Nasty, Brutish, And Short By Thomas Hobbes Essay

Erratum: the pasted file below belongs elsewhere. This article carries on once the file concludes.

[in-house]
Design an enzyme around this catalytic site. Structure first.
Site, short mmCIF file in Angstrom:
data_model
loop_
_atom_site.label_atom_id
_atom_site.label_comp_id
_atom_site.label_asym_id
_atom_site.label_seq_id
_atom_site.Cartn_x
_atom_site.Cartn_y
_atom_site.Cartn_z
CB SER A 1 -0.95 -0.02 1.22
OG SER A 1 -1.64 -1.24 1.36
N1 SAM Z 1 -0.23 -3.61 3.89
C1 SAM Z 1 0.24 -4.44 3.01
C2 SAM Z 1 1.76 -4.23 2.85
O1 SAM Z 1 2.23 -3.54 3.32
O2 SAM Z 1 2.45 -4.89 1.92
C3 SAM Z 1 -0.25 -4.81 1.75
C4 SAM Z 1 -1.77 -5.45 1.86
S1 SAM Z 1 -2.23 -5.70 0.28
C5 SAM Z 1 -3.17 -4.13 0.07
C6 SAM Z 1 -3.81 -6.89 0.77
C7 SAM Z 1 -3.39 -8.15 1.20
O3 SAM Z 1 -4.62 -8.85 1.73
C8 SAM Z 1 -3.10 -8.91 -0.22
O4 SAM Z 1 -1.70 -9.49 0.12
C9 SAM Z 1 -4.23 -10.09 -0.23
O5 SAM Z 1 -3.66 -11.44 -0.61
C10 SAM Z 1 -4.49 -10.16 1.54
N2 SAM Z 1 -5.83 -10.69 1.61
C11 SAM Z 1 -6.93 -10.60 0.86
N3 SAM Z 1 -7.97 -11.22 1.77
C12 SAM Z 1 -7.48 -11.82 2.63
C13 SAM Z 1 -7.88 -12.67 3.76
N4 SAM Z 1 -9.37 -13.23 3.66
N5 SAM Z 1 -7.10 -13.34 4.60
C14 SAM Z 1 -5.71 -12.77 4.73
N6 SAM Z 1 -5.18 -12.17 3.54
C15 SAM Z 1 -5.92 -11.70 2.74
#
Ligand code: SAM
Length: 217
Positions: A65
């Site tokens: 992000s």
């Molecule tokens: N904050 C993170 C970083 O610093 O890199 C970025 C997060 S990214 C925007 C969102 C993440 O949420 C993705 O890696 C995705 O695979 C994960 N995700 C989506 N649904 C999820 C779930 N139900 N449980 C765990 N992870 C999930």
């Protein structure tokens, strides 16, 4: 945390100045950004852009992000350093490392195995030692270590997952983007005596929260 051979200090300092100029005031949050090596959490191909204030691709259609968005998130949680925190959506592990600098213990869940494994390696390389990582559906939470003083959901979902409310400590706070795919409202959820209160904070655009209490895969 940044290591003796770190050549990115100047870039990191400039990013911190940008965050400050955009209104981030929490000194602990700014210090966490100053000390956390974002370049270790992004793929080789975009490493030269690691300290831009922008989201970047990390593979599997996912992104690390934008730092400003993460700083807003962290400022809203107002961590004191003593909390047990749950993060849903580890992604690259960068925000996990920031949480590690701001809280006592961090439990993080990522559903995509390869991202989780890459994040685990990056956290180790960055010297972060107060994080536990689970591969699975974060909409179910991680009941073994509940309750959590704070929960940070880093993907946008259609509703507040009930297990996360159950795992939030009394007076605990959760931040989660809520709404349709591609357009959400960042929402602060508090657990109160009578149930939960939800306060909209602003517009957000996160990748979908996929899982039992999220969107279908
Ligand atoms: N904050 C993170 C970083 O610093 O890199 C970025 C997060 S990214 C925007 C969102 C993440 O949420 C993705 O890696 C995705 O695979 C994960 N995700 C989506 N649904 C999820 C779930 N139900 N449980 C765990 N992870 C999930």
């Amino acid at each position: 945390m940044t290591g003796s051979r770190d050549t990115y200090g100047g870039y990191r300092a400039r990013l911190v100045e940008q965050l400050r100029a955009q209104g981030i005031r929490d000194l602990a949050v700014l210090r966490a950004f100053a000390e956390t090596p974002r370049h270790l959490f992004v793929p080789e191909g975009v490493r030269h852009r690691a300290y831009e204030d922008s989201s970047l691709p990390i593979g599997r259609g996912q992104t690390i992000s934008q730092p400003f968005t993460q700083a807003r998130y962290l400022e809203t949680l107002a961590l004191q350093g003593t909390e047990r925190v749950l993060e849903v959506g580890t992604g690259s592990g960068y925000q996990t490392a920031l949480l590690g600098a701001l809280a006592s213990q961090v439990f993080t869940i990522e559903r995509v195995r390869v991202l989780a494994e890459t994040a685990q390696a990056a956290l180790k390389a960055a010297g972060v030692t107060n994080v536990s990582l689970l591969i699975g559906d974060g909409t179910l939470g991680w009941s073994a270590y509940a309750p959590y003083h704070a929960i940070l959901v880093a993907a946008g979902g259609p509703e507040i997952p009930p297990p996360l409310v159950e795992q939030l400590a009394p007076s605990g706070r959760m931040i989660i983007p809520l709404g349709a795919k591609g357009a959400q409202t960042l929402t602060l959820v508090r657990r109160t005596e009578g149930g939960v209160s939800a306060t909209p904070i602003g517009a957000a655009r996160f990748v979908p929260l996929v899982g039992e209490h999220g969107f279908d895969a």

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“Nasty, brutish, and short”. Thomas Hobbes 's famously poetic description of pre-political life that is invariably repeated in just about every political science program throughout the Western world. It is a phrase that motivates a strikingly persuasive argument for the solution of government. For Hobbes, this is the State of Nature, and thus the precursory basis for human politics. However, his pessimistic view of the State of Nature has been refuted by other men of great intellectual influence. Another giant in the world of political theory, John Locke, has quite a different, more optimistic, view of what life in the State of Nature is like. In fact, Locke 's processes for the formation of government rely on rather different bases. The agreement is clear, however, that government is a progression from a more primal, basic state of pre-political life. What may not be so clear, however, is whether or not this State of Nature has ever truly existed. It seems to be left to opinion, at this point, as to whether or not it existed. After all, one cannot go backwards in time in search of this pre-political period. It is difficult to distinguish if there exists such a state is even possible today, if, by some misfortune, all government ceased to operate. There is large disagreement over how far-reaching and innate “political life” is tied with human nature. Whether or not it the State of Nature existed, however, is irrelevant when considering the direction that of which Locke 's

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